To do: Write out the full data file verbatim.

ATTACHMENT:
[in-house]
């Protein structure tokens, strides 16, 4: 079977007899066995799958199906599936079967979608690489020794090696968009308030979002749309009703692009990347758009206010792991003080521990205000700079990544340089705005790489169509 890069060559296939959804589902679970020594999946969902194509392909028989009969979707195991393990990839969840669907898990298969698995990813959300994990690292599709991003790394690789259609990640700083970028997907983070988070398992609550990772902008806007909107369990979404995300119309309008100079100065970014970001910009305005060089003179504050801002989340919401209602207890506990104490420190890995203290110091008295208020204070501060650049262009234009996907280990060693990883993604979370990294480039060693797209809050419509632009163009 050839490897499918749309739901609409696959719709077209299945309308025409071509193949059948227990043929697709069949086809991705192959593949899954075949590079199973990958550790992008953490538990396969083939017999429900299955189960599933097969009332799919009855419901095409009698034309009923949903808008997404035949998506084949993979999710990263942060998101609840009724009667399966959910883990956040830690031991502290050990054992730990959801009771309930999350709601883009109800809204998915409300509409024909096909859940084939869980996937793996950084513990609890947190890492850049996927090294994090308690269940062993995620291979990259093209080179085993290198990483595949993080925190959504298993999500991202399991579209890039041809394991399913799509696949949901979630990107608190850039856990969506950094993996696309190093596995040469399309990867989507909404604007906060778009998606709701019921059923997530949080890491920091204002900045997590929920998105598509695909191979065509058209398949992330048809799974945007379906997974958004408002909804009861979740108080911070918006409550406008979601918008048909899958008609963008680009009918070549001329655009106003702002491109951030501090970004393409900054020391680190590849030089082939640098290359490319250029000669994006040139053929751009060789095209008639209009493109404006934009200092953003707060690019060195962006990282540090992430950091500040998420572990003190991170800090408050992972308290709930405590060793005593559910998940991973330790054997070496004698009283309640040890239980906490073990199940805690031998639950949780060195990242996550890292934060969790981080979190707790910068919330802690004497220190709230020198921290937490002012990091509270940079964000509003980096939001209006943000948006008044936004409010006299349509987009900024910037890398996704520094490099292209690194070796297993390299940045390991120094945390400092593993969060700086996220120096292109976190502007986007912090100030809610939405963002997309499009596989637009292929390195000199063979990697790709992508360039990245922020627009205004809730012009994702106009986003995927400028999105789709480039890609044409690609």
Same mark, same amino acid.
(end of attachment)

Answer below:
[in-house]
């Protein structure tokens, strides 16, 4: 079977007899066995799958199906599936079967979608690489020794090696968009308030979002749309009703692009990347758009206010792991003080521990205000700079990544340089705005790489169509 890069060559296939959804589902679970020594999946969902194509392909028989009969979707195991393990990839969840669907898990298969698995990813959300994990690292599709991003790394690789259609990640700083970028997907983070988070398992609550990772902008806007909107369990979404995300119309309008100079100065970014970001910009305005060089003179504050801002989340919401209602207890506990104490420190890995203290110091008295208020204070501060650049262009234009996907280990060693990883993604979370990294480039060693797209809050419509632009163009 050839490897499918749309739901609409696959719709077209299945309308025409071509193949059948227990043929697709069949086809991705192959593949899954075949590079199973990958550790992008953490538990396969083939017999429900299955189960599933097969009332799919009855419901095409009698034309009923949903808008997404035949998506084949993979999710990263942060998101609840009724009667399966959910883990956040830690031991502290050990054992730990959801009771309930999350709601883009109800809204998915409300509409024909096909859940084939869980996937793996950084513990609890947190890492850049996927090294994090308690269940062993995620291979990259093209080179085993290198990483595949993080925190959504298993999500991202399991579209890039041809394991399913799509696949949901979630990107608190850039856990969506950094993996696309190093596995040469399309990867989507909404604007906060778009998606709701019921059923997530949080890491920091204002900045997590929920998105598509695909191979065509058209398949992330048809799974945007379906997974958004408002909804009861979740108080911070918006409550406008979601918008048909899958008609963008680009009918070549001329655009106003702002491109951030501090970004393409900054020391680190590849030089082939640098290359490319250029000669994006040139053929751009060789095209008639209009493109404006934009200092953003707060690019060195962006990282540090992430950091500040998420572990003190991170800090408050992972308290709930405590060793005593559910998940991973330790054997070496004698009283309640040890239980906490073990199940805690031998639950949780060195990242996550890292934060969790981080979190707790910068919330802690004497220190709230020198921290937490002012990091509270940079964000509003980096939001209006943000948006008044936004409010006299349509987009900024910037890398996704520094490099292209690194070796297993390299940045390991120094945390400092593993969060700086996220120096292109976190502007986007912090100030809610939405963002997309499009596989637009292929390195000199063979990697790709992508360039990245922020627009205004809730012009994702106009986003995927400028999105789709480039890609044409690609």
Same mark, same amino acid.